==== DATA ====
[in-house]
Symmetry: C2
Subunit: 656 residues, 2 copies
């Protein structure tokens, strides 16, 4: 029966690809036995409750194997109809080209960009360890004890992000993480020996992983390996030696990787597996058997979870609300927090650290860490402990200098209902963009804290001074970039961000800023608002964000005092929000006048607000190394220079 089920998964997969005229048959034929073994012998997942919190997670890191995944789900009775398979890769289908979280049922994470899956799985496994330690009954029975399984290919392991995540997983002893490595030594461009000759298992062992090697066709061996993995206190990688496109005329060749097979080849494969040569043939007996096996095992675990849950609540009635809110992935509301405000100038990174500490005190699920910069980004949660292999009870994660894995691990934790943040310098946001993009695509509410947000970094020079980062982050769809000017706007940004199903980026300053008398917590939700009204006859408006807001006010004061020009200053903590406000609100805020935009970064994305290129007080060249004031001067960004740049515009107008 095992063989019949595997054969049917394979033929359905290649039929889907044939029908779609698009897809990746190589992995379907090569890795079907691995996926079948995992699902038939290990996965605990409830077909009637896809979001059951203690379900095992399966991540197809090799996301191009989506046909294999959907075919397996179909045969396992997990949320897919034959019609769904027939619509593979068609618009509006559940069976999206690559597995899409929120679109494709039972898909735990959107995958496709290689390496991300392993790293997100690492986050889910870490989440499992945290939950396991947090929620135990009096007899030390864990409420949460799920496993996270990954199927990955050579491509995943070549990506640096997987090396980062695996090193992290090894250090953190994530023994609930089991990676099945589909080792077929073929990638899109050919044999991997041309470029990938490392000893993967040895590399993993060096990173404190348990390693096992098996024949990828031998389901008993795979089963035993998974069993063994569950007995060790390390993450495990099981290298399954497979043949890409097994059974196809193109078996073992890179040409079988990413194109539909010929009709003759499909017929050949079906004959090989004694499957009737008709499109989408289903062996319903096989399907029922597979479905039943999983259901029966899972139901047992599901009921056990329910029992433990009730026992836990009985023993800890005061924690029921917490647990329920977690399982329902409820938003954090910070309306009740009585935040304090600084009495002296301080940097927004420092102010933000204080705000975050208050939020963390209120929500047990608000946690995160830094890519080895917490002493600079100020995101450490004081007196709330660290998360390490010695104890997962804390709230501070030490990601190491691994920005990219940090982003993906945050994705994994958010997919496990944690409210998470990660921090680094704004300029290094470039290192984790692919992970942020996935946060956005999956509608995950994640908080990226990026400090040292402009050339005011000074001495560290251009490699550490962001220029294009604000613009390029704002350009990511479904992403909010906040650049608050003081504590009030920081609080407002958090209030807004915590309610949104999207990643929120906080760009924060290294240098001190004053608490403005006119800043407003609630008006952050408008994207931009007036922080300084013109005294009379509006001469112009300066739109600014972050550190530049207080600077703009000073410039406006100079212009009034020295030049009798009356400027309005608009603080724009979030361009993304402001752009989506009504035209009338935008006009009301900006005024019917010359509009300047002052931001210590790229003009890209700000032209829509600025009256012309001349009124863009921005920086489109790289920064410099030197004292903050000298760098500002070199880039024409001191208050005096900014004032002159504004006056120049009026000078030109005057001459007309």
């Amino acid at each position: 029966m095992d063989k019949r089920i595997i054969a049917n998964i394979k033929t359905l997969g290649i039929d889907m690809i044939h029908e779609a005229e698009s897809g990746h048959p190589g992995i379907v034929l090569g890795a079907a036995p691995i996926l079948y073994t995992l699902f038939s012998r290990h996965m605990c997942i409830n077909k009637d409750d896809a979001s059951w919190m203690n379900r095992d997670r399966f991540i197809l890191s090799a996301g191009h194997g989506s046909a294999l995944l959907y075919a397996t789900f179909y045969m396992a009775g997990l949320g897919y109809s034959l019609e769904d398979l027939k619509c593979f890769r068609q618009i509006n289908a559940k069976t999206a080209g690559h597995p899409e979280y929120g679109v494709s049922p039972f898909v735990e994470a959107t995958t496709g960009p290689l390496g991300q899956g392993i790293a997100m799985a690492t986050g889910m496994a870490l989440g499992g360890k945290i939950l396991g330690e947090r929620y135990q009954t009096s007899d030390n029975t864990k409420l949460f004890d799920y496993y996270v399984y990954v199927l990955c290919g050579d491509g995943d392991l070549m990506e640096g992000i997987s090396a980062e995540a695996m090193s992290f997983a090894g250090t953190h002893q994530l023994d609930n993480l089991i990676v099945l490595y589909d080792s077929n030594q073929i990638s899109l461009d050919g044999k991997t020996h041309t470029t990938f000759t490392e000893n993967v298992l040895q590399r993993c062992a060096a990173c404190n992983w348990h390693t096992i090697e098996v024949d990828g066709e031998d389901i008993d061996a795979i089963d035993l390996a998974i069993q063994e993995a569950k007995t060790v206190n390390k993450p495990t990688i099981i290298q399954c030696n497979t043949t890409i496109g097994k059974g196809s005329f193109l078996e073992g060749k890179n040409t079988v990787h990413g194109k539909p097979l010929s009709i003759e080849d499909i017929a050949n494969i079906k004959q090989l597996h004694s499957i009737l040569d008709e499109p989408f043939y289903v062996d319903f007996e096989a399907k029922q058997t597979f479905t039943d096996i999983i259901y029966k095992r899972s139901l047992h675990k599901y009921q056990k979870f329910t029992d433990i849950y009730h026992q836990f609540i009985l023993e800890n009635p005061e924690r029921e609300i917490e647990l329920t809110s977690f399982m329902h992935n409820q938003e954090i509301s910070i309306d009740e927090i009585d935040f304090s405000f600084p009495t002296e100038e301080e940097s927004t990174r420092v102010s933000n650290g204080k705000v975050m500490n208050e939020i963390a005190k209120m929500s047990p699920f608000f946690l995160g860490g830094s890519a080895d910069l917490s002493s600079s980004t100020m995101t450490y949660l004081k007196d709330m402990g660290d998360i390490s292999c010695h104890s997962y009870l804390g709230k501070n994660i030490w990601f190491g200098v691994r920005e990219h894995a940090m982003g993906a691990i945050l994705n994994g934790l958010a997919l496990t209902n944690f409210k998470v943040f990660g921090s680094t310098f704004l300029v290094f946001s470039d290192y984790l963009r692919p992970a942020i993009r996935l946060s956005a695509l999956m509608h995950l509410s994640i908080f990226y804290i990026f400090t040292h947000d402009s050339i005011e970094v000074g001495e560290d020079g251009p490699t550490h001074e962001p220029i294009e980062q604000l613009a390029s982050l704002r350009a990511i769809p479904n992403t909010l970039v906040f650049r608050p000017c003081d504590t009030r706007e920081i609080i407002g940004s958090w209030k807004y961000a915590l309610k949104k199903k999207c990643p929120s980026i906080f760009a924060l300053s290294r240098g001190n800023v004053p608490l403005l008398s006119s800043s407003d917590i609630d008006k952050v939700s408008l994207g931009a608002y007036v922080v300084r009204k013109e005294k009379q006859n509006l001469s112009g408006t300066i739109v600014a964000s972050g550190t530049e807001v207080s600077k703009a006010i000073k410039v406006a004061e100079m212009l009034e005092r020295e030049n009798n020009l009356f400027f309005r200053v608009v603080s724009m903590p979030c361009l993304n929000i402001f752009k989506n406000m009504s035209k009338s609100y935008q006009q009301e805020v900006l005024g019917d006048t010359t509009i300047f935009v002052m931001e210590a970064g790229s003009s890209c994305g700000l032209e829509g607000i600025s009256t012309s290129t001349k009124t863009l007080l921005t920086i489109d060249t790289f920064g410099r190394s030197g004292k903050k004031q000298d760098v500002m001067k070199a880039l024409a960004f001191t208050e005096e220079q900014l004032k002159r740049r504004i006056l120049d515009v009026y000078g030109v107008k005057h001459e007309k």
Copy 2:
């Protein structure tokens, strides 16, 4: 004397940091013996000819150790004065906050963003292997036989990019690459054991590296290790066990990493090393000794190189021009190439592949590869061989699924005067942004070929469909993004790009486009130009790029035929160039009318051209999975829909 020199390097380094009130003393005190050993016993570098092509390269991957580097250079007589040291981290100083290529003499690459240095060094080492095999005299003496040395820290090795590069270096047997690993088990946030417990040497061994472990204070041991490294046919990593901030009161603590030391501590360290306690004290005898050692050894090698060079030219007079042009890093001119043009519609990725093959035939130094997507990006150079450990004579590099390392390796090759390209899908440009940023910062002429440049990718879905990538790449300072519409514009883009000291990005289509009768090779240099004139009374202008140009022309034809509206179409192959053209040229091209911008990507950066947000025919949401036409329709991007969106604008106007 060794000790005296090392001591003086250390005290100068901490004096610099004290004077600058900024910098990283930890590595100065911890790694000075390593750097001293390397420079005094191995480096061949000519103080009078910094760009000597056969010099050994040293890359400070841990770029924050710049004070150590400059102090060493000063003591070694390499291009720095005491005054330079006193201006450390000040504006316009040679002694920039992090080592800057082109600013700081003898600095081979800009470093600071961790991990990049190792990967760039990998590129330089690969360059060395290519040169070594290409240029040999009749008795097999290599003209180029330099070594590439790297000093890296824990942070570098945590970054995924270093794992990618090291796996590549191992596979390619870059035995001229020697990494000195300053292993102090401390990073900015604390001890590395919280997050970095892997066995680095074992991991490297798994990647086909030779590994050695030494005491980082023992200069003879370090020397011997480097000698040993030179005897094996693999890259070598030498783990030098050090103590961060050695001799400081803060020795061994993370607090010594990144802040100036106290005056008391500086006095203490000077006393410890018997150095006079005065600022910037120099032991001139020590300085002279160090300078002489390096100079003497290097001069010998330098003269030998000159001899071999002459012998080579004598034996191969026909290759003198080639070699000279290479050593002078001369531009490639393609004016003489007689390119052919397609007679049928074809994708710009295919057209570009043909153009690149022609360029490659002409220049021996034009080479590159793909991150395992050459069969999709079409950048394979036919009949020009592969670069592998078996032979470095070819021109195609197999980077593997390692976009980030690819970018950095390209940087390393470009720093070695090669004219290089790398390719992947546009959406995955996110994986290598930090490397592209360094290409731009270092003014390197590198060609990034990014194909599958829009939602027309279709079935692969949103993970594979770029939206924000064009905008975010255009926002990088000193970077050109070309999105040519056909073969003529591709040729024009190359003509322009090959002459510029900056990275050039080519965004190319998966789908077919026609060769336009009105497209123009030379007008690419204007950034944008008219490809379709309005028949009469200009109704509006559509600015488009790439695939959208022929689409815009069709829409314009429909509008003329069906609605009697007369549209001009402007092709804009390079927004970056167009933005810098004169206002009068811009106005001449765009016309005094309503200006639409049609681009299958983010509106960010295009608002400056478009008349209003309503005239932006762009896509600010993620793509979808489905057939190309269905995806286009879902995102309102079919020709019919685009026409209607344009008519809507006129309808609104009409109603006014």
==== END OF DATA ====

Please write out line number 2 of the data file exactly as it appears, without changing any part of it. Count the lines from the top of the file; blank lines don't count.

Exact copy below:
Symmetry: C2